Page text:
JURIST Guest Columnist Darian Carrow of ConsumerSafety.org discusses the recent litigation around e-cigarettes...
Over the past several years, the use of e-cigarettes has increased greatly. While the original demographic for e-cigarettes was intended to be legal adults who already smoked traditional cigarettes, these numbers seem to be higher amongst a younger population than expected. Parents and guardians filed lawsuits alleging that the marketing campaigns lead by popular manufacturers, Juul Labs, promoted young adults and teens to take part in vaping. People claim that the sleek design and sweet-tasting flavors are appealing to younger audiences.
Due to minimal regulation of these products, not many are positive of the ingredients or how they affect consumers, let alone, the younger population using e-cigarettes. As the public health crisis escalates, children, who are not aware of what nicotine can do to the body, are becoming addicted to vaping and suffering from nicotine addiction.
The high concentration of nicotine in these products is not only causing nicotine addiction, but also nicotine toxicity. This occurs when the body has absorbed too much of the addictive chemical and begins to become poisonous. First signs of nicotine toxicity occurs as early as 15 minutes after its onset and can be easily missed because the symptoms, like headache, queasiness, or confusion, are common. Later signs, however, can be more serious including seizures, the inability to control muscles, and a lethargic feeling. Nicotine poisoning can also be deadly.
Over the past several weeks, hundreds of consumers have reported that they have vaping-related lung illnesses and 26 people have succumbed to their illnesses, with the youngest so far being 17 years old. As these numbers continue to rise daily, the dangers associated with vaping are becoming more apparent to all consumers, resulting in increased awareness. 54% of those affected are under the age of 25 and 15% of this number are under 18, which alarms public health officials who have already coined e-cigarette use as an “epidemic.”
While these consumers are being diagnosed with respiratory illnesses as a result of using vaping e-cigarettes, consumers all over the world are also being physically harmed by their devices. Although each device can look different due to various “generations” of e-cigarettes, most run on lithium-ion batteries. As a result of this design, the devices themselves can sometimes overheat and explode, which can seriously harm users.
Earlier this year, a Texas man was killed when his e-cigarette exploded in his face, severing an artery and causing the 24-year-old to have a stroke. Three pieces of the device went flying and one lodged so deeply in his throat that a medically-induced coma was necessary. In June, a teen from Springfield, Oregon was rushed to the hospital after suffering burns to his thigh after his vape device exploded. He suffered burns to around 18% of his body after the device exploded in his right pocket.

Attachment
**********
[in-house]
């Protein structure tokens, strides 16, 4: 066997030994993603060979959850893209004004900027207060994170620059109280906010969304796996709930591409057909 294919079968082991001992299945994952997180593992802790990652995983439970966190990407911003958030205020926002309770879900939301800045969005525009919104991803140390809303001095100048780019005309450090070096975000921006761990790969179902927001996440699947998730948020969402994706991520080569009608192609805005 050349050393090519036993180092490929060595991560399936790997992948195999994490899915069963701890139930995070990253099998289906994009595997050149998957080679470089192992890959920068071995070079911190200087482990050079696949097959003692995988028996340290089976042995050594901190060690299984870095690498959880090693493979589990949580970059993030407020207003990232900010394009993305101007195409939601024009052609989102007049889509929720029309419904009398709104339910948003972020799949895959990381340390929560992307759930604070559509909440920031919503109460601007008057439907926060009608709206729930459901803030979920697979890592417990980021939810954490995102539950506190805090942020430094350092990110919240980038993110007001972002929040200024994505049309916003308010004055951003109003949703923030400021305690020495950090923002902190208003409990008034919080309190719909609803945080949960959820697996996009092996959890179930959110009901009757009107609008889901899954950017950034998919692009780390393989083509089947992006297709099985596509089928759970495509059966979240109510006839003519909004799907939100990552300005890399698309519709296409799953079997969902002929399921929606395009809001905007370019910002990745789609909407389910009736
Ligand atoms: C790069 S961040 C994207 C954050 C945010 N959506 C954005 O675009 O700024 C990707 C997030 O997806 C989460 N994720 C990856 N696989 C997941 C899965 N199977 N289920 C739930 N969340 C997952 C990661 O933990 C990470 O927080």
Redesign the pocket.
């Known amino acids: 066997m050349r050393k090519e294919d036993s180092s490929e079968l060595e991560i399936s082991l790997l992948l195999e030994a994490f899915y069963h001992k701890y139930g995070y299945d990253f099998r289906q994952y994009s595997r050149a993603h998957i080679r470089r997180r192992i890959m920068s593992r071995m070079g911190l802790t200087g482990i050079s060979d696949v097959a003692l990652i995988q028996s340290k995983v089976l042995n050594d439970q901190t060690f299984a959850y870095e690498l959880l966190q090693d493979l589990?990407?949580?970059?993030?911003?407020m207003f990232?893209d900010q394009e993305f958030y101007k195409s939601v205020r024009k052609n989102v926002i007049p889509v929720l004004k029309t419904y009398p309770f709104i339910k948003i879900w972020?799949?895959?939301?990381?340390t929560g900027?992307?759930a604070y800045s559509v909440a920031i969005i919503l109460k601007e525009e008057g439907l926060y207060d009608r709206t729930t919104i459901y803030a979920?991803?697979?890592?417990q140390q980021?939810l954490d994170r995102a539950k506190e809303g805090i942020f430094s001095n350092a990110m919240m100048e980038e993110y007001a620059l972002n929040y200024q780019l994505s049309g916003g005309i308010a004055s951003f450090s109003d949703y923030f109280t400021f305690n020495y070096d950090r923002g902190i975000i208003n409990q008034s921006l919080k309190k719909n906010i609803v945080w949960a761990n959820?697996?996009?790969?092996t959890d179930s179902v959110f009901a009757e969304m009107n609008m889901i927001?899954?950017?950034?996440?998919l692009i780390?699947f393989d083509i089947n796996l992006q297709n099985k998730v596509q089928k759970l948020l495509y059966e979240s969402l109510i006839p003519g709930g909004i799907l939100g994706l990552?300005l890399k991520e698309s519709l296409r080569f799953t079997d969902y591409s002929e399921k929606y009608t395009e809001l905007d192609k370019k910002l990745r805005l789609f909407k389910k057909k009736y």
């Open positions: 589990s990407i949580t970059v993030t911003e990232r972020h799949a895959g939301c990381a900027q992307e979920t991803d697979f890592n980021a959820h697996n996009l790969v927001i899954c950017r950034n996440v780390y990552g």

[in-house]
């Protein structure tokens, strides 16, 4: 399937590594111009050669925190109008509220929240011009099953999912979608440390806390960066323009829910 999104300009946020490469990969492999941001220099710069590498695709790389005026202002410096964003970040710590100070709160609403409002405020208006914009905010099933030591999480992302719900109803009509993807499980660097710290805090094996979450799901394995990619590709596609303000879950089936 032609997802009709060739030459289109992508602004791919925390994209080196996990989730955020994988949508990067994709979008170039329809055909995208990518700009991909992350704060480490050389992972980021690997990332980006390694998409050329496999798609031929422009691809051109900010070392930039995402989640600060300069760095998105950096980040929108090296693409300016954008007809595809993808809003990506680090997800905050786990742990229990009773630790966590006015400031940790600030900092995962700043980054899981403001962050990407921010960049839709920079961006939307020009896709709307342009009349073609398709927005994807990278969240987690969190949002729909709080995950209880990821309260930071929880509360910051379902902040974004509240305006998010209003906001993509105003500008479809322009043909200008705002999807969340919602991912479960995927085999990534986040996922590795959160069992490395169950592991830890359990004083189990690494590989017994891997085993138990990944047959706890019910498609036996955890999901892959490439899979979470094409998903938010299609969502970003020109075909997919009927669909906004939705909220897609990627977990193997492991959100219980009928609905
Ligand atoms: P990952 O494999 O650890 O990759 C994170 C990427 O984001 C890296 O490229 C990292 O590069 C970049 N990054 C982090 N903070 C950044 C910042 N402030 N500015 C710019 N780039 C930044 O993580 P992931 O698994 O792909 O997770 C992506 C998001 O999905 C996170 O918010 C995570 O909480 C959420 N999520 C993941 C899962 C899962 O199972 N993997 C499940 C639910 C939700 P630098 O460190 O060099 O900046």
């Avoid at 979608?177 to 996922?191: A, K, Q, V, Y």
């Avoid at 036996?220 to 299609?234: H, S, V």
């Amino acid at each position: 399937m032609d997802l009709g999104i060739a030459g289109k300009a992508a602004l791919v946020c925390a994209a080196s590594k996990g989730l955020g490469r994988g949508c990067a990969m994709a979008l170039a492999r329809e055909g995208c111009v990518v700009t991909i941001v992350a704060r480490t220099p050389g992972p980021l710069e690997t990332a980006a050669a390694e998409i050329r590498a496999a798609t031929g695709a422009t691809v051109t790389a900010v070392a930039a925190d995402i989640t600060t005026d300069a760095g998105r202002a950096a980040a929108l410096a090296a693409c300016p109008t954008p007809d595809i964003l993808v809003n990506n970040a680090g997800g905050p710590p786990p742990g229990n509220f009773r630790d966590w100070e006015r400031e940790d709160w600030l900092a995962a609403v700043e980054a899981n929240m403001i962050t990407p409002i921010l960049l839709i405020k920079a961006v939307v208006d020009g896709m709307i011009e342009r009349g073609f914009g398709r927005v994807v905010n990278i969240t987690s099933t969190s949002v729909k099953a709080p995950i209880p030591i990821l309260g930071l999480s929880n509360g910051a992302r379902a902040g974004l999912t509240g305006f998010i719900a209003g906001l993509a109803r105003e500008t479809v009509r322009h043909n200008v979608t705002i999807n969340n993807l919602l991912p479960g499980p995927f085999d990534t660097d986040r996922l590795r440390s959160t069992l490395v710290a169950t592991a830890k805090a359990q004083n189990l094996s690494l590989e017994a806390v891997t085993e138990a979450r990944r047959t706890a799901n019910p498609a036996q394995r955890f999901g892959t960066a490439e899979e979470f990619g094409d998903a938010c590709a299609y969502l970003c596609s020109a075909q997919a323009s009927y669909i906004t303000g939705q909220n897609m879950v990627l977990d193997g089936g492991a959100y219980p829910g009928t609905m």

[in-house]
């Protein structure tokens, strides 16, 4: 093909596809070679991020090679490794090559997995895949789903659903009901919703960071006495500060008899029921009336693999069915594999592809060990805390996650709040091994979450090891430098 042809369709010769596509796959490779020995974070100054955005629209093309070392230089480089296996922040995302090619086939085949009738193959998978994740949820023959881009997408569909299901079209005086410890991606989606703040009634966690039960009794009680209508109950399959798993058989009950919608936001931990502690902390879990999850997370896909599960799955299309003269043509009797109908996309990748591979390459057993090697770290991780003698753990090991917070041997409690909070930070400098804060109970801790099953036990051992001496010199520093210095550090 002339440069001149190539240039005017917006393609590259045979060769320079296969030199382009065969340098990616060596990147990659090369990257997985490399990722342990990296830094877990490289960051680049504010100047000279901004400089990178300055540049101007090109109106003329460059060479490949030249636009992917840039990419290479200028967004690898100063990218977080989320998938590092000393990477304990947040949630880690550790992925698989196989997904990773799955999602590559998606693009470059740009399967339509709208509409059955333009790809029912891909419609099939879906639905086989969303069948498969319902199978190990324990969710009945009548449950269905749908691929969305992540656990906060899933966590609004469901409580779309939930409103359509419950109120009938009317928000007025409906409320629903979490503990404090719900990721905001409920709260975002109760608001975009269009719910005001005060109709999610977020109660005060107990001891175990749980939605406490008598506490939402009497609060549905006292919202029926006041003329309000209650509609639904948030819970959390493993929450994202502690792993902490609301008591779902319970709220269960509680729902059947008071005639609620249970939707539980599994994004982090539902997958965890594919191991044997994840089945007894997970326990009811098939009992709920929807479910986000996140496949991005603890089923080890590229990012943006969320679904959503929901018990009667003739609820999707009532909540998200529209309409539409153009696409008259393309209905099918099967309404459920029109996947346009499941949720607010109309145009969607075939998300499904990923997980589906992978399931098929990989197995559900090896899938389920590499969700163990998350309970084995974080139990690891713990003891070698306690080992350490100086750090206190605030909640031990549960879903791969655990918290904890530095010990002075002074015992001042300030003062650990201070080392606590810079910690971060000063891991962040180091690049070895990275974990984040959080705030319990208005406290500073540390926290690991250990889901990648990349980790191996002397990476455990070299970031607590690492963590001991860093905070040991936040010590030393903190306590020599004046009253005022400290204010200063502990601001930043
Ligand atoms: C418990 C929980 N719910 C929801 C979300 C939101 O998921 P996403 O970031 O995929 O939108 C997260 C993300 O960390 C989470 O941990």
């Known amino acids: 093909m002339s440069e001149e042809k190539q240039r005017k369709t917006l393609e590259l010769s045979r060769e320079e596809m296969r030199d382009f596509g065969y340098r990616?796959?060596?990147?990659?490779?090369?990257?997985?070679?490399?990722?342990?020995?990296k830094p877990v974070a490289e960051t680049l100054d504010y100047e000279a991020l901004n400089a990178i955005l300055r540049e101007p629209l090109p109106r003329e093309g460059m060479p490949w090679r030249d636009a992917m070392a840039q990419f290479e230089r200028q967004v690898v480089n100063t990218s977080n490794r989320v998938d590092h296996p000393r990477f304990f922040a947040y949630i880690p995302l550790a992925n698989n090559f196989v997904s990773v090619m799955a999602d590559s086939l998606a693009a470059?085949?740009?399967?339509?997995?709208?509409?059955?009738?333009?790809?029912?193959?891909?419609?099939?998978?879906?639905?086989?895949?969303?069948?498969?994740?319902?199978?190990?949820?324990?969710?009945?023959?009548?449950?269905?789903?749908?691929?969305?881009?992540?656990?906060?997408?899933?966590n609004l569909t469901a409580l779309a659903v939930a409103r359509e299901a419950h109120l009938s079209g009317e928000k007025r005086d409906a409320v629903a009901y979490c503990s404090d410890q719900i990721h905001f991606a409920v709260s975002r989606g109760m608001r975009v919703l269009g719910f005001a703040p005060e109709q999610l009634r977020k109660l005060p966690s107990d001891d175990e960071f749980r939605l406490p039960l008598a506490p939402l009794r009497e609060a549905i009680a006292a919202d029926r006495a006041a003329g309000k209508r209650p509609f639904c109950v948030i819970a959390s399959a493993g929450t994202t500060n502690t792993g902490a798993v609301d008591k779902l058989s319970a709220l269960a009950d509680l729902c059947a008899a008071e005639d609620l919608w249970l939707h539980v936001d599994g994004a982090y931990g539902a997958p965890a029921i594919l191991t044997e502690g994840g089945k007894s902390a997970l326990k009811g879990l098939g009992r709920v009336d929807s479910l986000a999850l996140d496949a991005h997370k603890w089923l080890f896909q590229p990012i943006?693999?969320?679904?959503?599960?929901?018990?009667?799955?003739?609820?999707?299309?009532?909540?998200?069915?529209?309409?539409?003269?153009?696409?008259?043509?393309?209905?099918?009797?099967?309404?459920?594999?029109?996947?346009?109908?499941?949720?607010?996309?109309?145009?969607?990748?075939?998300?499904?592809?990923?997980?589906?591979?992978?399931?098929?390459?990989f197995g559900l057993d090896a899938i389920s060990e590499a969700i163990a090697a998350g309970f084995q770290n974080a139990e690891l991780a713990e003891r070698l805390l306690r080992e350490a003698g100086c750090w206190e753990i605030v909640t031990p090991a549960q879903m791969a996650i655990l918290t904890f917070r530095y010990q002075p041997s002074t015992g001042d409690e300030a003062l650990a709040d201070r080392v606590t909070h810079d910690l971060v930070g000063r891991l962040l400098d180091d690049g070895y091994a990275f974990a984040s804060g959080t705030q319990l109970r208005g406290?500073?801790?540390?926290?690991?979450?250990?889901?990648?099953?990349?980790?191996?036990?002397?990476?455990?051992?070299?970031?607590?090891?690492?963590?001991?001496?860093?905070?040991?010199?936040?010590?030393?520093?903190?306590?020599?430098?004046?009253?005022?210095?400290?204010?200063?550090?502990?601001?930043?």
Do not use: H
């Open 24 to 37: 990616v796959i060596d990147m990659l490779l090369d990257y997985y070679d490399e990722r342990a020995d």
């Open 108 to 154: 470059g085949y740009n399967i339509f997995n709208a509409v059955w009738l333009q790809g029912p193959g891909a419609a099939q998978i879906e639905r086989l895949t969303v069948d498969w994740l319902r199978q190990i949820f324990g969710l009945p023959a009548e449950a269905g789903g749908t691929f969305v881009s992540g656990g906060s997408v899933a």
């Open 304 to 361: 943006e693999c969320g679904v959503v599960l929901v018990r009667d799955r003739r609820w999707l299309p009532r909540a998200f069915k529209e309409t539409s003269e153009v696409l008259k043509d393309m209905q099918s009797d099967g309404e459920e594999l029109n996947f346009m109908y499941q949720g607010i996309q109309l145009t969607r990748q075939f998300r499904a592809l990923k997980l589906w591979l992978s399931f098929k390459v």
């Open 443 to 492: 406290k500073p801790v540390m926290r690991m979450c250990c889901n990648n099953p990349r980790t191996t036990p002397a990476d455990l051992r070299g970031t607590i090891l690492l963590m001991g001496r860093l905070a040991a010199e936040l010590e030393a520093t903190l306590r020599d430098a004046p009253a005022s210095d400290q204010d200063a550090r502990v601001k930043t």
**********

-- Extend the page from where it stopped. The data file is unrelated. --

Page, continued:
These instances of illnesses and other health issues have encouraged communities to come together to take their own action against the manufacturers. Aside from the consumer lawsuits being filed against popular companies like Juul Labs, states are taking steps to ban the products to aid in the deterrent of young people using the devices. By taking these products off the shelves completely, the younger population will be less able to get their hands on the products and become harmed.
New York, California, and Massachusetts are just three of the states that have taken matters into their own hands and led the way toward banning the products in their cities. Although some of these state bans are still pending or only last for a few months, it is predicted that this will greatly decrease the number of users that are harmed by the products.
While these communities stand together to fight the vaping epidemic, hundreds of Americans are still falling victim to the dangers. However, with these steps in place, the public health crisis is expected to decrease in size over the next several weeks. Right now, at least, it does not appear that vaping will be out of national headlines any time soon and we can expect a lot more legal and political action to be taken against Juul Labs.
Darian Carrow is a staff writer at ConsumerSafety.org and has a background in editorial communications which she uses to serve the public in sharing the important consumer news of today. With experience in writing and research, Darian fulfills her role at ConsumerSafety.org by focusing her research on trending safety and legal news that impacts consumers. Darian strives to be a trusted source for the general public, journalists, and wellness enthusiasts looking for connections to legal sources as a result of these health discoveries.
Suggested citation: Darian Carrow, The E-Cig Emergency, JURIST – Professional Commentary, October 23, 2019, https://www.jurist.org/commentary/2019/10/darian-carrow-e-cig-emergency/
This article was prepared for publication by Brianna Bell, a JURIST Staff Editor. Please direct any questions or comments to him/her at firstname.lastname@example.org
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